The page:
by Evan Mazursky
It has been a rough season for the Celtics inside the paint. Despite excellent years from Kevin Garnett and Brandon Bass, the team has lacked a solid inside presence at the center position. Preseason starter Jermaine O’Neal played just 25 mostly ineffective games before he was shut down for the season with a left wrist injury. His backup, veteran Chris Wilcox, showed some youth in his 29-year-old legs running in transition with Rajon Rondo but is also out for the year with a heart irregularity. Best of luck to Wilcox as he prepares for aortic surgery. The Celtics were able to release Wilcox and sign free agent center Ryan Hollins as his replacement, which is better than nothing but certainly doesn’t fix the team’s problems. Hollins is an athletic 7-footer but is painfully skinny and is one of the worst rebounders in the league (labeled an “amazingly bad rebounder” by ESPN’s John Hollinger). Hollins and rookie Greg Stiemsma are currently the only true centers on the roster. Stiemsma is a prolific shot blocker (1.4 blocks in just 11 minutes per game) but is another poor rebounder and has a habit of getting shoved around down low by the heavier centers.
It’s obvious that a center combo of Stiemsma and Hollins will not be enough for the Celtics to advance deep into the playoffs. I believe this team has too much pride to lose in the first round, but going any further is nothing more than a dream at this point. However, if the Celtics are able to pick up another big man and stay healthy throughout the playoffs, they could pose a threat to Miami and Chicago, the powerhouses of the Eastern Conference. Releasing O’Neal would open up a roster spot, but there are limited options available. Leon Powe was an intriguing name for Celtics fans after his contribution to the championship season in 2008, but he recently signed with a team in Puerto Rico. Mike Gorman and Tom Heinsohn have been talking up Dan Gadzuric, the longtime Milwaukee Bucks center who is currently in the NBA D-League. The Celtics would basically be playing 4-on-5 on offense with Gadzuric, but he is a smart veteran who clearly wants to keep playing (at least I hope so; I can’t think of any other reason why a 34-year-old man would play in the D-League). He’s not an exciting player, but it never hurts to add another 7-footer.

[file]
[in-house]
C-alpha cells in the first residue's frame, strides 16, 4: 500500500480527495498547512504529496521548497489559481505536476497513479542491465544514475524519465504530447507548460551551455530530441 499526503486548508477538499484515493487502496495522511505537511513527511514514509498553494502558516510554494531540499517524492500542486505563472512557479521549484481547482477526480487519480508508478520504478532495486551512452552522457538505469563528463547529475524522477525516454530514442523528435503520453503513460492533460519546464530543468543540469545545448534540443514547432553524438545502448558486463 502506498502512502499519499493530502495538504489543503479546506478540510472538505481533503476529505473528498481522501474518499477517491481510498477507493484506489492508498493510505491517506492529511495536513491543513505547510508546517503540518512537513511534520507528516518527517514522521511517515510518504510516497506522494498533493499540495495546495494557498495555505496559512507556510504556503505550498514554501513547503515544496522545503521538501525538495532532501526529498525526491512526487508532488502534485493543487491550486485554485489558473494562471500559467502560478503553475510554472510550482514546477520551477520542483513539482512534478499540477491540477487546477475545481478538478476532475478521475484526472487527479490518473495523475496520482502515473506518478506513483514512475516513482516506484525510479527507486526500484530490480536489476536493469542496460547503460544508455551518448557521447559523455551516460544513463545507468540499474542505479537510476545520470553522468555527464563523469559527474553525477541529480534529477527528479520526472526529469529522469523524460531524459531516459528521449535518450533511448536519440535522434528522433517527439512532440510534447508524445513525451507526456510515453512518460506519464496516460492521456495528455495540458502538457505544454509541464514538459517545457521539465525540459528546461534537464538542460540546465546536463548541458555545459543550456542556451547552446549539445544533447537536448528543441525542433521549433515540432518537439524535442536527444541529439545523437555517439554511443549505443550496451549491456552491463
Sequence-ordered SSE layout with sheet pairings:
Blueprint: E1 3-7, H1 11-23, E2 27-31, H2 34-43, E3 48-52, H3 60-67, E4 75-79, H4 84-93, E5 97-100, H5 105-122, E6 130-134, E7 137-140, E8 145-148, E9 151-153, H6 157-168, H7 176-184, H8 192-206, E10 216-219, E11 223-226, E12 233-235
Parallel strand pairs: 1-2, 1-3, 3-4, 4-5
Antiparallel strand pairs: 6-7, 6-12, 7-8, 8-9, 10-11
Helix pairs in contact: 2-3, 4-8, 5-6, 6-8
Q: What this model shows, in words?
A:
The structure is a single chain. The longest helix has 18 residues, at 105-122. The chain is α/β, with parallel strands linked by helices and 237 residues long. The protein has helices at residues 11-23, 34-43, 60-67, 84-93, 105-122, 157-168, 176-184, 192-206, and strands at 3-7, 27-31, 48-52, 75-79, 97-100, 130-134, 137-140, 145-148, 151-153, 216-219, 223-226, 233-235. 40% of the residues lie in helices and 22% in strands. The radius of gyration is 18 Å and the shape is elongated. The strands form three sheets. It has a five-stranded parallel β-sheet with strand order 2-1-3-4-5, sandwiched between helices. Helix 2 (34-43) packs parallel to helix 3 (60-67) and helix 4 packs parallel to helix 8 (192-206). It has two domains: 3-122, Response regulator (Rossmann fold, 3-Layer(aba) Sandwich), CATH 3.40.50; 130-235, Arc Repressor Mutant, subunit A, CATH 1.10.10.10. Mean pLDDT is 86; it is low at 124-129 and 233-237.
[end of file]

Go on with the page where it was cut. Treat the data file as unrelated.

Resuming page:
The center I would most like the Celtics to add is Mehmet Okur. He hasn’t played a full season since 2009-10, but he would not be required to play a lot of minutes and he would be a nice alternative to have coming off the bench. Unlike Hollins and Stiemsma, Okur has a consistent outside shot and can be a viable option on the offensive end. He won a championship with Detroit in 2004 and is still only 32, which is relatively young for this Celtics team. Okur is averaging 14 points and 7 rebounds per game for his career. He will not be the X factor that leads the Celtics to the Finals, but he is undoubtedly the best big man available. Signing him is a low-risk move that could potentially bring high reward.